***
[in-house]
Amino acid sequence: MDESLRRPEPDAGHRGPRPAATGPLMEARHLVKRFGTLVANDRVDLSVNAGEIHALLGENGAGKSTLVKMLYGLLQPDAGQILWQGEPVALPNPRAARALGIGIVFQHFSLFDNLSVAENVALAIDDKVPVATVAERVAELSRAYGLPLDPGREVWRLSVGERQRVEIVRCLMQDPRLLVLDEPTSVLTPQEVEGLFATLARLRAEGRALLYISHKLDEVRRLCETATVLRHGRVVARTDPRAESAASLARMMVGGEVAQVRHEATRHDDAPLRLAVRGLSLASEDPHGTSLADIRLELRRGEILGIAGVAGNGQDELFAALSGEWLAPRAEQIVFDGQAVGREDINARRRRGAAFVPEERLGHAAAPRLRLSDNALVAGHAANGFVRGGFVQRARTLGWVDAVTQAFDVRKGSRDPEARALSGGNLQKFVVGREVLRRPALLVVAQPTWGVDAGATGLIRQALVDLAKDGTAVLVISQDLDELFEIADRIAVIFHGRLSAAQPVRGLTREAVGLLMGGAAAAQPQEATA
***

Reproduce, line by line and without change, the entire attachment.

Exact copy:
[in-house]
Amino acid sequence: MDESLRRPEPDAGHRGPRPAATGPLMEARHLVKRFGTLVANDRVDLSVNAGEIHALLGENGAGKSTLVKMLYGLLQPDAGQILWQGEPVALPNPRAARALGIGIVFQHFSLFDNLSVAENVALAIDDKVPVATVAERVAELSRAYGLPLDPGREVWRLSVGERQRVEIVRCLMQDPRLLVLDEPTSVLTPQEVEGLFATLARLRAEGRALLYISHKLDEVRRLCETATVLRHGRVVARTDPRAESAASLARMMVGGEVAQVRHEATRHDDAPLRLAVRGLSLASEDPHGTSLADIRLELRRGEILGIAGVAGNGQDELFAALSGEWLAPRAEQIVFDGQAVGREDINARRRRGAAFVPEERLGHAAAPRLRLSDNALVAGHAANGFVRGGFVQRARTLGWVDAVTQAFDVRKGSRDPEARALSGGNLQKFVVGREVLRRPALLVVAQPTWGVDAGATGLIRQALVDLAKDGTAVLVISQDLDELFEIADRIAVIFHGRLSAAQPVRGLTREAVGLLMGGAAAAQPQEATA